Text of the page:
BRAC Journey And Accommodation Information
Island Brac, the biggest island of the central Dalmatian group of islands, the third largest among the Adriatic islands; space 394.57 sq km; inhabitants thirteen,824.
It is separated from the mainland by the Brac Channel, from the island of Solta by the so-known as Splitska Vrata (Break up Gate) and from the Island of Hvar by the Hvar Channel.
The highest peak of the island, Vidova Gora (Vitus’ Mount) (778 m), can also be the best peak of all Croatian islands.
The limestone a part of the coast is rocky and steep, while the remainder is reasonably low and sandy (on the southern facet from Farska to Bol, and on the northern side from Sutivan to Supetar).
The island panorama is dominated by a karst limestone relief, with numerous gullies, crevices, cavities, spherical valleys and coves.
Milder types of the relief, with brown Primorje soils (essentially the most fertile on the island), are found mostly in the inside (especially between Lozisca and Nerezisca, in addition to between Selca, Novo Selo and Sumartin).
Composed primarily of limestone and dolomite, the quarries of the island of Brac have been a source of stone for building decorative stonework for centuries. The previous Romans have identified its high quality and used this very stone island man bag stone to build cities, amphitheaters, temples, palaces and graves all over Dalmatia.
There are no surface water streams on the island. Everlasting water sources are offered only around Bol.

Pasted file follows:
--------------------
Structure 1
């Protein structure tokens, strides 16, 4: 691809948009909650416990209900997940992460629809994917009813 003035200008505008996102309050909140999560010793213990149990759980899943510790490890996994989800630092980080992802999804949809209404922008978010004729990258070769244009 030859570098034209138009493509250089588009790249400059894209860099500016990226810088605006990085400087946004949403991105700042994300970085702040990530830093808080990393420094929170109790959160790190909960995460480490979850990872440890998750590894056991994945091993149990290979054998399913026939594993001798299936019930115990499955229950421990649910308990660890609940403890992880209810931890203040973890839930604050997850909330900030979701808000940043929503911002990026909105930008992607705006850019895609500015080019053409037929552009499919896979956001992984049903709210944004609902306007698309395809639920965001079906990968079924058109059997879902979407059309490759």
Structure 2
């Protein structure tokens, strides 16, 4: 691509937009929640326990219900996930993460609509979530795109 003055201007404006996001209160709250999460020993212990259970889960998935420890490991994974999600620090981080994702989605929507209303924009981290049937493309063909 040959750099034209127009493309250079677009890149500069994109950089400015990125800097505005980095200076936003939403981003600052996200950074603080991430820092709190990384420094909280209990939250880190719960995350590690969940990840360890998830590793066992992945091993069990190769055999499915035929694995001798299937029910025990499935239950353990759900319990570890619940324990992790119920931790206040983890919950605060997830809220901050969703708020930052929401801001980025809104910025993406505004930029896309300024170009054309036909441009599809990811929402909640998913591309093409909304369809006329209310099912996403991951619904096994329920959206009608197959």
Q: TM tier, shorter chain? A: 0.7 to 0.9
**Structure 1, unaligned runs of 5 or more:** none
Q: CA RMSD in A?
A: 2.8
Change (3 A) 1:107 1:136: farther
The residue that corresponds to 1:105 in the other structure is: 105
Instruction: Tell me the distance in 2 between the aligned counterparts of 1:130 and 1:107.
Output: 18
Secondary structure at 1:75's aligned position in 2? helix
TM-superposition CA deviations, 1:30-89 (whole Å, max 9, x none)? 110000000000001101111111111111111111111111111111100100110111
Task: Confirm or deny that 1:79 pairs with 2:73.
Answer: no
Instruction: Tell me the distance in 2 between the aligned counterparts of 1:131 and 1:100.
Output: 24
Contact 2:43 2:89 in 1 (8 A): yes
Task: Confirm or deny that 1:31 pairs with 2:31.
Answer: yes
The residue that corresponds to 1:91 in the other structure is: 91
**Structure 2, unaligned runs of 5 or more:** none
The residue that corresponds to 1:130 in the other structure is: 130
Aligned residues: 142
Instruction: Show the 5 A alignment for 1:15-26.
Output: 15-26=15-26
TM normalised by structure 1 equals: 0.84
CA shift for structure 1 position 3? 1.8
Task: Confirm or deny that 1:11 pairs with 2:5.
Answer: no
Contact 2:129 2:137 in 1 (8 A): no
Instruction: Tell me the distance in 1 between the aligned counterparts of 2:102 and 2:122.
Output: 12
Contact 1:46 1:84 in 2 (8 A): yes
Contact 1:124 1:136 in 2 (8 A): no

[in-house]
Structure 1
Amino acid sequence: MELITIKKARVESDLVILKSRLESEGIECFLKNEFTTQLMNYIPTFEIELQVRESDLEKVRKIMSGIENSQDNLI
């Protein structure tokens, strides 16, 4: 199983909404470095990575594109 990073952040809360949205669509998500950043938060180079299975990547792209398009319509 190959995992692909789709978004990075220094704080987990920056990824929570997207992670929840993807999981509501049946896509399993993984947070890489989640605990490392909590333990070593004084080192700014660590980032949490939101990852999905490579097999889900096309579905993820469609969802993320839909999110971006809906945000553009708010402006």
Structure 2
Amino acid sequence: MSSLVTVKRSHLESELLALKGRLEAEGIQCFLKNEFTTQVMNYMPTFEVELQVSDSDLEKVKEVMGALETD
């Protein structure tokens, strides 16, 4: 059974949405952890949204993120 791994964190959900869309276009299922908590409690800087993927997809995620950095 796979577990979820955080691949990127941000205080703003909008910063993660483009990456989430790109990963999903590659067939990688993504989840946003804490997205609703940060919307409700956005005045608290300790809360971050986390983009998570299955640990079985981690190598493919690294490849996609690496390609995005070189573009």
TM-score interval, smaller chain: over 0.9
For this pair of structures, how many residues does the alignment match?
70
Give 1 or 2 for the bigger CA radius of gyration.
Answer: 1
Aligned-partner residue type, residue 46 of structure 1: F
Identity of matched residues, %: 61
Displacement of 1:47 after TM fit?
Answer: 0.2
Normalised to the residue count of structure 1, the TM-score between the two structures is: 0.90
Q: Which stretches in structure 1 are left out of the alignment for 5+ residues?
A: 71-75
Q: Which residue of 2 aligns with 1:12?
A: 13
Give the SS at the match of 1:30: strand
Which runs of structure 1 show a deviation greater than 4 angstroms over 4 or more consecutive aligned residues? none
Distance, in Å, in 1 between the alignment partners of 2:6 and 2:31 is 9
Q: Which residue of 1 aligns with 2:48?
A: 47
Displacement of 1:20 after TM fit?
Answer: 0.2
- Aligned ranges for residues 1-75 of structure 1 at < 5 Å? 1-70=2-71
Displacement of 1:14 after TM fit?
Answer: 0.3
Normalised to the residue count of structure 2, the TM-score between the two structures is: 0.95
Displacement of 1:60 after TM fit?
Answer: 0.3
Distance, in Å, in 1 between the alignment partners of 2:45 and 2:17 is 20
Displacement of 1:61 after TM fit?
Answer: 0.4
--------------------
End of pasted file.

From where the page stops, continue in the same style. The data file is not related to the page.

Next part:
Larger elements of the island (above four hundred m) are at some locations lined with black and Aleppo pine forests; larger or smaller forests of Aleppo pine are found around all coastal towns and villages; dominant are dense evergreen underbrush (macchia) and rocky floor.
The most important places are Pucisca and Supetar. Major farming products are olive oil, wine and fruit (bitter cherries and almonds); chief occupations include additionally livestock breeding and fishing. Fish canneries are positioned in Postira and Milna.
Main quarries, where the well-known Brac stone island man bag building stone is excavated, are positioned close to Pucisca, Selca, Postira, Splitska and Donji Humac (this kind of constructing stone was utilized in the development of the White House in Washington and the Palace of Diocletian in Cut up).
A highway network has been constructed all through the island; ferry traces Split – Supetar, Makarska – Sumartin; ship traces with Supetar and Bol. Airport ‘Brac’ (for smaller aircraft) is located above Bol.